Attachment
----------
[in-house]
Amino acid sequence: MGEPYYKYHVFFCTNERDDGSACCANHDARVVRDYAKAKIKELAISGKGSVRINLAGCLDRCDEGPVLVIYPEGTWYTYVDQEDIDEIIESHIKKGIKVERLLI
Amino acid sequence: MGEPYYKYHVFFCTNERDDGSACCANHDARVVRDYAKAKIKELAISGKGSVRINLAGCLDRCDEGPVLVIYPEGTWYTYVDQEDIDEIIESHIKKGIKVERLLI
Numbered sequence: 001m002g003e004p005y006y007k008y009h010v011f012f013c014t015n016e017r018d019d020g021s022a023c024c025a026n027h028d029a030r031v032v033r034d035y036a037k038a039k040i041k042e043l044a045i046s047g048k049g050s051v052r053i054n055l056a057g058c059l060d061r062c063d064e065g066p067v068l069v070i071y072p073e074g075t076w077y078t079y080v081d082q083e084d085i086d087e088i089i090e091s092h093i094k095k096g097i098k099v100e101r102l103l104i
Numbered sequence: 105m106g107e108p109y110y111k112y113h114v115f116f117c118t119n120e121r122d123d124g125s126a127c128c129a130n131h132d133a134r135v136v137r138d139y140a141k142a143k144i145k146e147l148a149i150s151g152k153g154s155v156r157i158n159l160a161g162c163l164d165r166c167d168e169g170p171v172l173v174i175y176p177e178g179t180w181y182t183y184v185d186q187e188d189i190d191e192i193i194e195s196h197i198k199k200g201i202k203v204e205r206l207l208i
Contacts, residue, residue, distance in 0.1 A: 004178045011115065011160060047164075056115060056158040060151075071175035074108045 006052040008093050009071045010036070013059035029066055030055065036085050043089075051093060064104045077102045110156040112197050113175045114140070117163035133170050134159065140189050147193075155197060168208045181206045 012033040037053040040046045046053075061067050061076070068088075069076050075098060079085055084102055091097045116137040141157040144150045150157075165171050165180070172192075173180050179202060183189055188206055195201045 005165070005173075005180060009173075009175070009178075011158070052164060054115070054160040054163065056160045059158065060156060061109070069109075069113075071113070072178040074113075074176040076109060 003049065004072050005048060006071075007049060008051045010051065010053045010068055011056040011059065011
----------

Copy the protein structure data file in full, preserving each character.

[in-house]
Amino acid sequence: MGEPYYKYHVFFCTNERDDGSACCANHDARVVRDYAKAKIKELAISGKGSVRINLAGCLDRCDEGPVLVIYPEGTWYTYVDQEDIDEIIESHIKKGIKVERLLI
Amino acid sequence: MGEPYYKYHVFFCTNERDDGSACCANHDARVVRDYAKAKIKELAISGKGSVRINLAGCLDRCDEGPVLVIYPEGTWYTYVDQEDIDEIIESHIKKGIKVERLLI
Numbered sequence: 001m002g003e004p005y006y007k008y009h010v011f012f013c014t015n016e017r018d019d020g021s022a023c024c025a026n027h028d029a030r031v032v033r034d035y036a037k038a039k040i041k042e043l044a045i046s047g048k049g050s051v052r053i054n055l056a057g058c059l060d061r062c063d064e065g066p067v068l069v070i071y072p073e074g075t076w077y078t079y080v081d082q083e084d085i086d087e088i089i090e091s092h093i094k095k096g097i098k099v100e101r102l103l104i
Numbered sequence: 105m106g107e108p109y110y111k112y113h114v115f116f117c118t119n120e121r122d123d124g125s126a127c128c129a130n131h132d133a134r135v136v137r138d139y140a141k142a143k144i145k146e147l148a149i150s151g152k153g154s155v156r157i158n159l160a161g162c163l164d165r166c167d168e169g170p171v172l173v174i175y176p177e178g179t180w181y182t183y184v185d186q187e188d189i190d191e192i193i194e195s196h197i198k199k200g201i202k203v204e205r206l207l208i
Contacts, residue, residue, distance in 0.1 A: 004178045011115065011160060047164075056115060056158040060151075071175035074108045 006052040008093050009071045010036070013059035029066055030055065036085050043089075051093060064104045077102045110156040112197050113175045114140070117163035133170050134159065140189050147193075155197060168208045181206045 012033040037053040040046045046053075061067050061076070068088075069076050075098060079085055084102055091097045116137040141157040144150045150157075165171050165180070172192075173180050179202060183189055188206055195201045 005165070005173075005180060009173075009175070009178075011158070052164060054115070054160040054163065056160045059158065060156060061109070069109075069113075071113070072178040074113075074176040076109060 003049065004072050005048060006071075007049060008051045010051065010053045010068055011056040011059065011